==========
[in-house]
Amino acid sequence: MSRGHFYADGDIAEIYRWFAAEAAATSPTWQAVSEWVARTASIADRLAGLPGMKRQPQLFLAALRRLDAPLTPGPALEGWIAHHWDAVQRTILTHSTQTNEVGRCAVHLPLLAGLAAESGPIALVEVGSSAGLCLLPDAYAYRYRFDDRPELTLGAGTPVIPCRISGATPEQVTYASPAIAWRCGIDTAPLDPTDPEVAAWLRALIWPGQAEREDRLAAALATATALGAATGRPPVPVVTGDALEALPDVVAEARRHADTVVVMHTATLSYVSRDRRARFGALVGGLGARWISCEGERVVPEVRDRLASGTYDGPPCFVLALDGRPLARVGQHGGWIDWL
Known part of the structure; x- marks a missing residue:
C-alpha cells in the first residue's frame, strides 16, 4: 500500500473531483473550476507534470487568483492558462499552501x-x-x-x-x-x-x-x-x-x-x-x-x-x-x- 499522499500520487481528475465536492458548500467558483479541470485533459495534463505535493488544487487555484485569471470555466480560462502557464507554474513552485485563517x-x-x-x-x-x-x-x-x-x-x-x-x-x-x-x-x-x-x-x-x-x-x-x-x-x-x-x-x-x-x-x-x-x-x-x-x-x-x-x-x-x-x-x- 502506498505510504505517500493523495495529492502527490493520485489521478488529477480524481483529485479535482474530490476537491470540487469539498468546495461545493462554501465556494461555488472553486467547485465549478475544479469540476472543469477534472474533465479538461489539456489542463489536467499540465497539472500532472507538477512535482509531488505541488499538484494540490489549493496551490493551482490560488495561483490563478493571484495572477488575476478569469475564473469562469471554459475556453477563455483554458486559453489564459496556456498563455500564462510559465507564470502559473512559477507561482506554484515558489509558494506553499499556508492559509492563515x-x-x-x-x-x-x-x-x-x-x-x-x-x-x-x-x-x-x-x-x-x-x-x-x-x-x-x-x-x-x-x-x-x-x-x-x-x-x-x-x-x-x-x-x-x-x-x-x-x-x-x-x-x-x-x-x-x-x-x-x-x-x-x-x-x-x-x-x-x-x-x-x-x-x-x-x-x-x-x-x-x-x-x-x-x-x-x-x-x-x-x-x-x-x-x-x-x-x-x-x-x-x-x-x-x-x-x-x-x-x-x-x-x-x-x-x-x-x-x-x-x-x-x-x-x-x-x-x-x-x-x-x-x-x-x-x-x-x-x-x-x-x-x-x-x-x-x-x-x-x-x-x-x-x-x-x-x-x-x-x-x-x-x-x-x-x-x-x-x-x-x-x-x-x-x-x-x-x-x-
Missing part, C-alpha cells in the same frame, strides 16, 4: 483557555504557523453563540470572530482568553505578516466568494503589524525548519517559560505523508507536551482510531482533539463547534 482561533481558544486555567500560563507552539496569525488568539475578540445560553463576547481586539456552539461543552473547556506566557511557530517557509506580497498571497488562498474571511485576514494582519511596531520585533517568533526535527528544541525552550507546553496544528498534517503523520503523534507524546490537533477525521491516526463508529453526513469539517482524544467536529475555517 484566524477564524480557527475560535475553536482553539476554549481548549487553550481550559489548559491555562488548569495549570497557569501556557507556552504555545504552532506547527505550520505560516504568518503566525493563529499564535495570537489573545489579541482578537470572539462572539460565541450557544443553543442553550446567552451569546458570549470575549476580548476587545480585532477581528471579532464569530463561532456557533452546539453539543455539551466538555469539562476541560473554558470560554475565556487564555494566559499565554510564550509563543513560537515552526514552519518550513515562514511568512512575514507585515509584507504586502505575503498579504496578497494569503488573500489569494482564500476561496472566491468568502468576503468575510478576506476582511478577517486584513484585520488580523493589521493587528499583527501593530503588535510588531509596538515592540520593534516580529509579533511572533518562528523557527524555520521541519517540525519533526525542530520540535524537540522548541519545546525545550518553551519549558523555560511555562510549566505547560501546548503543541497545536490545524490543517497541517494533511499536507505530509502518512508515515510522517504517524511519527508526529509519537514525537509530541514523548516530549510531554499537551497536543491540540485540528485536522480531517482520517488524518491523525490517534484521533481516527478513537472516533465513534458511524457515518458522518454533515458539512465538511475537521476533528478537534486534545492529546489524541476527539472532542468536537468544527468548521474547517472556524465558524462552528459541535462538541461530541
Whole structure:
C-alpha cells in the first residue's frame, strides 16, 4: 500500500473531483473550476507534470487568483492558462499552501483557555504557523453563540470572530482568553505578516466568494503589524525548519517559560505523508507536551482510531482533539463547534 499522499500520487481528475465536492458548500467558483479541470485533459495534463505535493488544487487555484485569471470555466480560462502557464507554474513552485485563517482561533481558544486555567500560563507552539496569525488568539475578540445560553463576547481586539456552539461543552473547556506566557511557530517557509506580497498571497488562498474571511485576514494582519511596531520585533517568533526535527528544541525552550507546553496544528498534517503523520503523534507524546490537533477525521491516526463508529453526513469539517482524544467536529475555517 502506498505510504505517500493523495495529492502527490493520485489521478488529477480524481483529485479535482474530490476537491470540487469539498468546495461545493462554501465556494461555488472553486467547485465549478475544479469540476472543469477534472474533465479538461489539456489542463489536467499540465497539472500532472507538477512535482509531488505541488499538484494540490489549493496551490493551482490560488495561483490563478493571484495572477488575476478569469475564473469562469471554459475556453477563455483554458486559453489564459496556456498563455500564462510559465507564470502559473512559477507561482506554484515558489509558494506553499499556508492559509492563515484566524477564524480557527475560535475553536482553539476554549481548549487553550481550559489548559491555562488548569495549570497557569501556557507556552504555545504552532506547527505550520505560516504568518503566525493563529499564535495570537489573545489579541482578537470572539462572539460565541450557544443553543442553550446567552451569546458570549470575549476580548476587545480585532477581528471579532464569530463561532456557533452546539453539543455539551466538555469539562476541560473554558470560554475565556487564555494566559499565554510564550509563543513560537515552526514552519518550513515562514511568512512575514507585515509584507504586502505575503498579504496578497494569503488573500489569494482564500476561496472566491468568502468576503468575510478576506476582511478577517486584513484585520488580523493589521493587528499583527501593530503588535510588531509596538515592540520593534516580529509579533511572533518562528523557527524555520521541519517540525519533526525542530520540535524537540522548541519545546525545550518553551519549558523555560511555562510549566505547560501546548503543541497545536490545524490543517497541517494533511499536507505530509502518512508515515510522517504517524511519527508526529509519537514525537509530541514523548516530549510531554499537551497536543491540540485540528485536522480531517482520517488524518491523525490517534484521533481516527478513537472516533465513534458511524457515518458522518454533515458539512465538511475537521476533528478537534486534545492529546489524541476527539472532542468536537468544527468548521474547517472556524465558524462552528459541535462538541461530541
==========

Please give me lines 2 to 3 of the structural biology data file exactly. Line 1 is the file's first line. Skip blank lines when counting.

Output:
Amino acid sequence: MSRGHFYADGDIAEIYRWFAAEAAATSPTWQAVSEWVARTASIADRLAGLPGMKRQPQLFLAALRRLDAPLTPGPALEGWIAHHWDAVQRTILTHSTQTNEVGRCAVHLPLLAGLAAESGPIALVEVGSSAGLCLLPDAYAYRYRFDDRPELTLGAGTPVIPCRISGATPEQVTYASPAIAWRCGIDTAPLDPTDPEVAAWLRALIWPGQAEREDRLAAALATATALGAATGRPPVPVVTGDALEALPDVVAEARRHADTVVVMHTATLSYVSRDRRARFGALVGGLGARWISCEGERVVPEVRDRLASGTYDGPPCFVLALDGRPLARVGQHGGWIDWL
Known part of the structure; x- marks a missing residue: